You may have nerve damage if you feel sharp pains in your back or legs. This can be debilitating and you might want to seek treatment as soon as possible. When the pains feel like an electrical tingling, or a piercing sharpness to your skin, it’s time to stop what you are doing and make an appointment with a specialist. For a few weeks, stop exercising if you are a regular exerciser.
Pain that Changes Places
It is possible to feel a sharpness in one part of your back, and another in the back of your thighs the next week. You should be aware of this symptom especially if it is only one side of your body. A specialist may be able to recommend a treatment if you feel the pain jumping around in your buttock, calf or down to your feet. It could be a herniated disc.
Numbness in your feet and legs can be caused by herniated discs. Sciatica and herniated discs can cause you to feel numb or unable to think. This feeling can cause you to lose your ability to move normally. This can cause you to feel uncomfortable. Schedule an appointment to discuss your concerns.
You’re not the only one who has never heard of foot fall. It’s a sign of herniation. Foot drop can be characterized by difficulty in lifting your foot when walking. This condition can also be characterized by difficulty standing on the balls of your feet.
Lower Back Pain
Strangely enough, the back pain that is experienced in cases of herniation doesn’t always exist. The pain in the lower back may feel like a dull, dull throb. This could cause stiffness or inflexibility, which can make it difficult to avoid pain.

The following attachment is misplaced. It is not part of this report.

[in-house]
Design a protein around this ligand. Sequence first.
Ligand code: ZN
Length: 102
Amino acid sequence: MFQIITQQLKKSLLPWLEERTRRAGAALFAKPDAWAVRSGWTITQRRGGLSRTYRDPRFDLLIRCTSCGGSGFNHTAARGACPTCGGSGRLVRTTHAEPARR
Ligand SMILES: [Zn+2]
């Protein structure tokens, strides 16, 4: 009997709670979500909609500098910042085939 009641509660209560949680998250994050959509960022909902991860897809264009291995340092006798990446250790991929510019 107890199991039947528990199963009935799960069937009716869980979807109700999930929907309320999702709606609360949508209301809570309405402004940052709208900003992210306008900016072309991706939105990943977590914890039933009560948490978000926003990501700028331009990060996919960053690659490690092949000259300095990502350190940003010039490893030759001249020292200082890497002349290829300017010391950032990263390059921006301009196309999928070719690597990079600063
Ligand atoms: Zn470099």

Sometimes, alternating cold and hot packs can be helpful in relieving back pain. However, if you are experiencing muscle spasms and you work in a chair at work, you might need to recline in a supported recliner. Place a pillow under your knees and lay down on your back to relieve the pain.
Pain when you move
A herniated disc can cause some people to feel no pain when they’re sitting down or relaxed. After moving a few feet, however, the pain may become unbearable. Talk to a specialist immediately if you feel that a sneeze, or a sudden step causes pain. Unfortunately, some people experience intense pain when they laugh.
Slouching Can Cause Pain
People spend more time hunched at their computers than ever before, and this can lead to pain when they sit down to do work. You might have a herniated or bulging disc. Pay attention to whether bending at the waist causes leg pain. If possible, don’t slouch or lean forward while sitting.
Prevention can help you avoid a herniated disc
Herniation can be avoided by people who lead active lives. Your spine will be supported better if you strengthen your core, your trunk, and your body will stabilize better. Take note of how you stand and sit, just as you were taught as a child. Keep your back as straight as possible. You can lift anything by using your legs, but not your back.
Herniated Disc Symptoms in the Cervical Spine
Because the disc material is thinner and exerts less force on the cervical spine, a cervical herniated disc is less common that a lumbar herniated. Different levels can cause pain and other symptoms of herniated discs.